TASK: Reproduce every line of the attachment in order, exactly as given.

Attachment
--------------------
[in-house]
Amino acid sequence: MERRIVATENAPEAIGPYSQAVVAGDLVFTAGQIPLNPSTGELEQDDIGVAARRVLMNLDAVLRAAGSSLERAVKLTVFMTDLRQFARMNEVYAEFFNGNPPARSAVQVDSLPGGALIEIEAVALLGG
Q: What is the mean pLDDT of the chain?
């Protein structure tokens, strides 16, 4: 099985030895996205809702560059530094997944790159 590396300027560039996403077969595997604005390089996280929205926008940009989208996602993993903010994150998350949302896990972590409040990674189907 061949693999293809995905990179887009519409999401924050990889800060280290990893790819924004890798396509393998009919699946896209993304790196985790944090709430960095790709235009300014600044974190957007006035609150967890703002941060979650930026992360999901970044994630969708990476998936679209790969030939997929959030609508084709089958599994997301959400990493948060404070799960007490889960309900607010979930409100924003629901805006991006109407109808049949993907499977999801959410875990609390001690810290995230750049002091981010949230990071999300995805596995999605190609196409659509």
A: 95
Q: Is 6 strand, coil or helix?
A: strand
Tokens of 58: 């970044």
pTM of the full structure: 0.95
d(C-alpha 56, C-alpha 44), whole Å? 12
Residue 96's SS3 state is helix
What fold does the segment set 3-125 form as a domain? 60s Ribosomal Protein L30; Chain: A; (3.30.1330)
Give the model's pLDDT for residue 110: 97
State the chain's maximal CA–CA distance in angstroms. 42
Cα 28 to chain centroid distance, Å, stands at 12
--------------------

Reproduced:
[in-house]
Amino acid sequence: MERRIVATENAPEAIGPYSQAVVAGDLVFTAGQIPLNPSTGELEQDDIGVAARRVLMNLDAVLRAAGSSLERAVKLTVFMTDLRQFARMNEVYAEFFNGNPPARSAVQVDSLPGGALIEIEAVALLGG
Q: What is the mean pLDDT of the chain?
């Protein structure tokens, strides 16, 4: 099985030895996205809702560059530094997944790159 590396300027560039996403077969595997604005390089996280929205926008940009989208996602993993903010994150998350949302896990972590409040990674189907 061949693999293809995905990179887009519409999401924050990889800060280290990893790819924004890798396509393998009919699946896209993304790196985790944090709430960095790709235009300014600044974190957007006035609150967890703002941060979650930026992360999901970044994630969708990476998936679209790969030939997929959030609508084709089958599994997301959400990493948060404070799960007490889960309900607010979930409100924003629901805006991006109407109808049949993907499977999801959410875990609390001690810290995230750049002091981010949230990071999300995805596995999605190609196409659509």
A: 95
Q: Is 6 strand, coil or helix?
A: strand
Tokens of 58: 């970044």
pTM of the full structure: 0.95
d(C-alpha 56, C-alpha 44), whole Å? 12
Residue 96's SS3 state is helix
What fold does the segment set 3-125 form as a domain? 60s Ribosomal Protein L30; Chain: A; (3.30.1330)
Give the model's pLDDT for residue 110: 97
State the chain's maximal CA–CA distance in angstroms. 42
Cα 28 to chain centroid distance, Å, stands at 12